Obviously, the blog post is pretty high-level and the secret sauce is in all the engineering that makes it all happen. But it’s a great overview nonetheless, and as complex as the algorithm surely is, it’s nice to see that it can still be clearly articulated in this type of easy-to-digest blog post.

  • “Ask & Adjust: The Future of Productivity Interfaces” I like the emphasis on productivity interfaces (Notion, Figma, Google Docs, etc.) being eventually collaborative human-AI interfaces. We’ve already been naturally progressing in this direction, where, as the blog points out, we’ve gone from “DIY” to “here are templates to make DIY easier”, and the next logical step is having AI create a template for you and you can DIY as much as you want (or ask the AI to make changes for you). For example, I would get pretty far just by asking an AI assistant to create the outline of a presentation about the history of NLP. I would have to fill in the blanks myself and validate, but AI can do a great job in creating the initial slides, an outline for the talk, key points, and things like that. Does this mean that AI automates people doing this creation? I don’t think so. As the author of the blog points out, “for the applications I’m talking about (VSCode, Figma, Webflow, Notion, Warp and the like) we are often unable to express our intentions to AI precisely enough for an AI to get it completely right, even through repeated prompting”, so it’s clear that even with AI assistance there is still a place for human expertise. I suppose AI will make it easier to get to the “hard stuff” that we likely care more about building anyways, which is a recurring message in AI it seems.


  • “How persuasive is AI-generated propaganda?” Brief piece on using GPT3 to create propaganda. As expected, GPT3 does quite well at writing propaganda pieces, as well as existing propaganda pieces, and also helps human-machine teams write high-quality propaganda efficiently (with the humans serving to tweak/tune the LLM outputs). I suppose this reduces the language barrier for foreign entities to spam propaganda into US social media feeds. This also has implications for spammers who can now write higher quality phishing content. Plus, as the paper notes, the cost of writing propaganda content is asymptotically approaching the cost of a ChatGPT subscription. But one can argue though that we don’t really explicitly need AI-generated propaganda to convince people of a certain point of view. Past research has shown that in fact just casting doubt is often enough of a gateway to get people to doubt credible information and be more open to conspiracy theories.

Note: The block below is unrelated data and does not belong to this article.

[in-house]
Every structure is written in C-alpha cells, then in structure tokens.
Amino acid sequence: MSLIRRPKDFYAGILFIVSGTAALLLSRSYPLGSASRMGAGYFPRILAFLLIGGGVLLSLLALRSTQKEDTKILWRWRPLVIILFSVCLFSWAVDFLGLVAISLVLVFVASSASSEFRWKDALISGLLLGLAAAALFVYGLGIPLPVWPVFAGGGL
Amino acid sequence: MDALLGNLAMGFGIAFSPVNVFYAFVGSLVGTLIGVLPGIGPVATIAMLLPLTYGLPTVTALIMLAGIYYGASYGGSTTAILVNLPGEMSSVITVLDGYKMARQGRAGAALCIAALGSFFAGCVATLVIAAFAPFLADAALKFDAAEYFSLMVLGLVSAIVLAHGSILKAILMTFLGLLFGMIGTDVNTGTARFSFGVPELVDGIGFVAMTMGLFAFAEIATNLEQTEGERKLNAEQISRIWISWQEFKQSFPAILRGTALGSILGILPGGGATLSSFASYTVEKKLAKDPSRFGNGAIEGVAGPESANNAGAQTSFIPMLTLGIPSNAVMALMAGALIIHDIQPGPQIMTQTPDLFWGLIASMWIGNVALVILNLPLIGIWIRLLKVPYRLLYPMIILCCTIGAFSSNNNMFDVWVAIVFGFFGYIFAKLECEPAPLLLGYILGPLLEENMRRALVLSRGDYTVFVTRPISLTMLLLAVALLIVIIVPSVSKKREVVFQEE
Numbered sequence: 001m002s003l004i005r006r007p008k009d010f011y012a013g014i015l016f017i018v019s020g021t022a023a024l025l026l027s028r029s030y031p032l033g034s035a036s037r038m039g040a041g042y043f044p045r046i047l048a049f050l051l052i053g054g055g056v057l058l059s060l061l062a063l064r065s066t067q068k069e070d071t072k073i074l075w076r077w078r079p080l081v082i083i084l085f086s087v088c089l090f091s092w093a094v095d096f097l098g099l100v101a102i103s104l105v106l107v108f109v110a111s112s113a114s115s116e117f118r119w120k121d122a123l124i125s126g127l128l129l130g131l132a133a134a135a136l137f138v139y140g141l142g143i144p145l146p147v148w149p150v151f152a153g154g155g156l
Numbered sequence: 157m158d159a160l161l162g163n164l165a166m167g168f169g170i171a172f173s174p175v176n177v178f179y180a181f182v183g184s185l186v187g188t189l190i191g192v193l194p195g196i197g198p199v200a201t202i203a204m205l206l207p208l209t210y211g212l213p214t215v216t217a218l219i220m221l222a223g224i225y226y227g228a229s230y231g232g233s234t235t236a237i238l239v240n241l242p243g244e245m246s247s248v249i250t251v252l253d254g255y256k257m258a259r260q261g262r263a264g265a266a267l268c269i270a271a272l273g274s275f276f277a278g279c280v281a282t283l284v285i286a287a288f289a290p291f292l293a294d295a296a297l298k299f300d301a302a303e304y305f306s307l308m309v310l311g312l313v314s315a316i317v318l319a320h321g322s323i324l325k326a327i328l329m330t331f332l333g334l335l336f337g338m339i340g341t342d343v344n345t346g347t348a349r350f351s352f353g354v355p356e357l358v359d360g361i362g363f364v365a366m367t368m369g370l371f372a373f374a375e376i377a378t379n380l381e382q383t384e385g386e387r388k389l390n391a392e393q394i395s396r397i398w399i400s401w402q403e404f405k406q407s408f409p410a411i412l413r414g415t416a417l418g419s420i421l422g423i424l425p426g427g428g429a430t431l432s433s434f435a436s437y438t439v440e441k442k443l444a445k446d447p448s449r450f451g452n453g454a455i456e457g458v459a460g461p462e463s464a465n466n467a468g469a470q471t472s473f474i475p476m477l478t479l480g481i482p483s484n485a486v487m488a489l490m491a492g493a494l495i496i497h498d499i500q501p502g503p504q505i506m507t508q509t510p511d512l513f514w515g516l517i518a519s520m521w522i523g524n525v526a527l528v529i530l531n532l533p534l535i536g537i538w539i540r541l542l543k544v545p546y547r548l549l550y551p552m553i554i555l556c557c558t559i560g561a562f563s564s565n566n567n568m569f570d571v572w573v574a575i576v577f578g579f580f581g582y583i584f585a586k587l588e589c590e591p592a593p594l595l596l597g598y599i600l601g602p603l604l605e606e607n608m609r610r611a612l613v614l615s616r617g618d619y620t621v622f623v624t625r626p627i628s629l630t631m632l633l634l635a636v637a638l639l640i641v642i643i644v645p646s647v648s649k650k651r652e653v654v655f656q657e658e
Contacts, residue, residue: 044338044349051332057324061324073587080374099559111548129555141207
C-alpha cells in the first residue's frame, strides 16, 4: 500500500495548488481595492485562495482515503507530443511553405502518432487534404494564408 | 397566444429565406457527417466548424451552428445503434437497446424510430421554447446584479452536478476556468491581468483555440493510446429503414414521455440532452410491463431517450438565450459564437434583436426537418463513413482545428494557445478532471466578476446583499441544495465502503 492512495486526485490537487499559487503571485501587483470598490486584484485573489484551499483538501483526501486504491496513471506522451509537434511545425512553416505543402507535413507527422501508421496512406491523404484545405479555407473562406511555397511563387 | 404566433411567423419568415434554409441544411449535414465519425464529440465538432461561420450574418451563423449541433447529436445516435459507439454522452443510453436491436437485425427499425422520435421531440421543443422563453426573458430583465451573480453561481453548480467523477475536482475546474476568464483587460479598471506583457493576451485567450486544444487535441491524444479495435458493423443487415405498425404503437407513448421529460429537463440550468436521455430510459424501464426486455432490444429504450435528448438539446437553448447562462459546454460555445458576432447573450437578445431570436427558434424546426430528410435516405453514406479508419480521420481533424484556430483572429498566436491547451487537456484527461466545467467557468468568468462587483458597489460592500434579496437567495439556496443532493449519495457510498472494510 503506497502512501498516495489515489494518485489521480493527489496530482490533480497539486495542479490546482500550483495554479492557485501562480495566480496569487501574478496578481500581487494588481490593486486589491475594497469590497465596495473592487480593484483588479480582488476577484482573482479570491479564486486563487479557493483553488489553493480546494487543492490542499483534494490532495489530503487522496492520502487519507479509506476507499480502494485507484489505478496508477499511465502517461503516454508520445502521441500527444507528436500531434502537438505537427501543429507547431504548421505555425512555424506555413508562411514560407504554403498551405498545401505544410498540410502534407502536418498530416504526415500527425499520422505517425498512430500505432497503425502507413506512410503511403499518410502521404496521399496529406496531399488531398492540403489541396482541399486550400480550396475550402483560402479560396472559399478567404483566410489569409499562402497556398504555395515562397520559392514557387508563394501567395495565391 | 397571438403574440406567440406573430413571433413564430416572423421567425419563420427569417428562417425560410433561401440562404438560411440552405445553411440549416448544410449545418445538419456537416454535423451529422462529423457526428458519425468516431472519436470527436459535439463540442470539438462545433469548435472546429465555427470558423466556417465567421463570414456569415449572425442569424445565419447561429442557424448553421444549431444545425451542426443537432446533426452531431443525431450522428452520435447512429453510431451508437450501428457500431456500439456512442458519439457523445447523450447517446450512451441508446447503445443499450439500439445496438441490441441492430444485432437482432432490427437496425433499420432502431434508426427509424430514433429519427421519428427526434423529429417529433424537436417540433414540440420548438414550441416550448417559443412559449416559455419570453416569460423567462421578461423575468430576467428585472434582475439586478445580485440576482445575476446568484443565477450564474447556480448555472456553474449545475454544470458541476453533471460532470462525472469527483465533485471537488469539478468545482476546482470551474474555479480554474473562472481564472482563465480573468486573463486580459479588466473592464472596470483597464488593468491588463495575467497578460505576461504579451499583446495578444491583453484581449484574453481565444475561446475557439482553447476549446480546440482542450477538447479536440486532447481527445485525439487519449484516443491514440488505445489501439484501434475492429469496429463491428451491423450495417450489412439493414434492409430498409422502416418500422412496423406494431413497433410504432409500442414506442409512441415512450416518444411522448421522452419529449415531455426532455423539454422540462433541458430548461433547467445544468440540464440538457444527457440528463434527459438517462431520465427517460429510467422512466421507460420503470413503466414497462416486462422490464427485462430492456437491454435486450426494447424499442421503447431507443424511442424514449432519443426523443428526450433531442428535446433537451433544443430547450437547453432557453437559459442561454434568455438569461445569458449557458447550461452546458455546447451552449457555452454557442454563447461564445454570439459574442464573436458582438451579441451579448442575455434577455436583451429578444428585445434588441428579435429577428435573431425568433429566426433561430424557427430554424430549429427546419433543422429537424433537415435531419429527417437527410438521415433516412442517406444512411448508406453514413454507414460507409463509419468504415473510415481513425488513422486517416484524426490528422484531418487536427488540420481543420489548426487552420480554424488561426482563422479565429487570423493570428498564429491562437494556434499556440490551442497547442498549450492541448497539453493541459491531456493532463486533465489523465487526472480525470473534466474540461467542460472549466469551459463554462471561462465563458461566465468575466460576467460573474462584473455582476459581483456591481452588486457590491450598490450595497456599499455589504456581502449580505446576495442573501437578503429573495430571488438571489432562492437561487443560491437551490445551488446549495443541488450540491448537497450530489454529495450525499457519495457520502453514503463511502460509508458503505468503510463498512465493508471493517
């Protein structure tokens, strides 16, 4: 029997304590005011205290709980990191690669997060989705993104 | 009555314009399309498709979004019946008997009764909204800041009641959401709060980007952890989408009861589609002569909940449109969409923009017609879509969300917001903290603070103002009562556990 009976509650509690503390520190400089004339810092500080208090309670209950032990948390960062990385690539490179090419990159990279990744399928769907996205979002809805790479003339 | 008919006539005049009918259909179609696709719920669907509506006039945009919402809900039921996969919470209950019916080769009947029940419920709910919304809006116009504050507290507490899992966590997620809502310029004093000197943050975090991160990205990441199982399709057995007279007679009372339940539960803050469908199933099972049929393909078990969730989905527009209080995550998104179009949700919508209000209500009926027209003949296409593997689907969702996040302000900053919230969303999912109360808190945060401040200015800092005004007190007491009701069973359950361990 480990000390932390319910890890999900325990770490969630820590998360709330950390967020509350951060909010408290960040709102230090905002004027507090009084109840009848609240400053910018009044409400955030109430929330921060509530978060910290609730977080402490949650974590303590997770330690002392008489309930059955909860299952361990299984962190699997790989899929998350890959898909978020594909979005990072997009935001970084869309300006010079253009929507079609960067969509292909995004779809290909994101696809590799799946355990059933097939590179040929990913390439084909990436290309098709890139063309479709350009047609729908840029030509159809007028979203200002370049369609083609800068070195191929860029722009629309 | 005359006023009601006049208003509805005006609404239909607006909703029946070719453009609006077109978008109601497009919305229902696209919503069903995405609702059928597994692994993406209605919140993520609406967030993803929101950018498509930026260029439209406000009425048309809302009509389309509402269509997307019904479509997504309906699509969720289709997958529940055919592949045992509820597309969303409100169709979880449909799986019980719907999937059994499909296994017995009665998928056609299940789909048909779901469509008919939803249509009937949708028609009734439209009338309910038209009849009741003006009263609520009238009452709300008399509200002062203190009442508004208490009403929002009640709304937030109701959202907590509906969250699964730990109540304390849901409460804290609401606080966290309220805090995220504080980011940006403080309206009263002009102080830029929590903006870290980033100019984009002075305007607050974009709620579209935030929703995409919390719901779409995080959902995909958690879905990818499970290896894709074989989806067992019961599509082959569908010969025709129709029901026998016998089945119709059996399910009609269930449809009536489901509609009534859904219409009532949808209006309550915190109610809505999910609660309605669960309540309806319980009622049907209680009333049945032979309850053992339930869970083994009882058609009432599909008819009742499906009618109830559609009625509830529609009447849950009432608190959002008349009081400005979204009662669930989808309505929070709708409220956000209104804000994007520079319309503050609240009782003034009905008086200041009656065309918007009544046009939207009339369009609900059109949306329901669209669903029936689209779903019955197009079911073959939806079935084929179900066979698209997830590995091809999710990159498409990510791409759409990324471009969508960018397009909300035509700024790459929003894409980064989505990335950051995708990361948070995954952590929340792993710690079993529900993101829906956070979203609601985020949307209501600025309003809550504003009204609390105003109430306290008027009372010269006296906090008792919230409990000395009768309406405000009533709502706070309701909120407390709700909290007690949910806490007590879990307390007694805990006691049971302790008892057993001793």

• “ANTHROSCORE: A Computational Linguistic Measure of Anthropomorphism” A paper that looks at the change in anthropomorphic descriptions of NLP models over time. I suppose that logically it makes sense for NLP papers and popular media to be increasingly anthropomorphic in their descriptions of what models can do. It also makes sense that media coverage is much more anthropomorphic than research papers. I suppose that it’s hard to describe incremental progress in the abilities of models without slipping into anthropomorphic language, since the actual baseline is human performance. Comprehension and manipulation of language is such a core human trait that as a machine better and better approximates human levels of language, they seem to become “more human”. For example, as the paper notes, “anthropomorphism is embedded into the way that researchers conceptualize, discuss, and interact with their objects of study. In NLP, for instance, evaluation benchmarks involve directly comparing LMs’ performance to humans on cognition- and behavior-based tasks like answering questions and writing stories…”. It’s hard to remind people that these are machines and not humans, but then again, if tech people can’t agree on what separates human vs. machine intelligence, how can non-technical people make that distinction?


  • I’ve started going back to the gym again and I feel like my energy has come back dramatically. Turns out doing the basics like taking care of your health do go a long way?
  • I’ve started a digital detox of sorts, turning off my phone during the day and using it in the evening as an alarm clock. It’s so easy to lose 20 minutes in the blink of an eye just from scrolling on IG reels; I fear the power of the recommendation algorithm.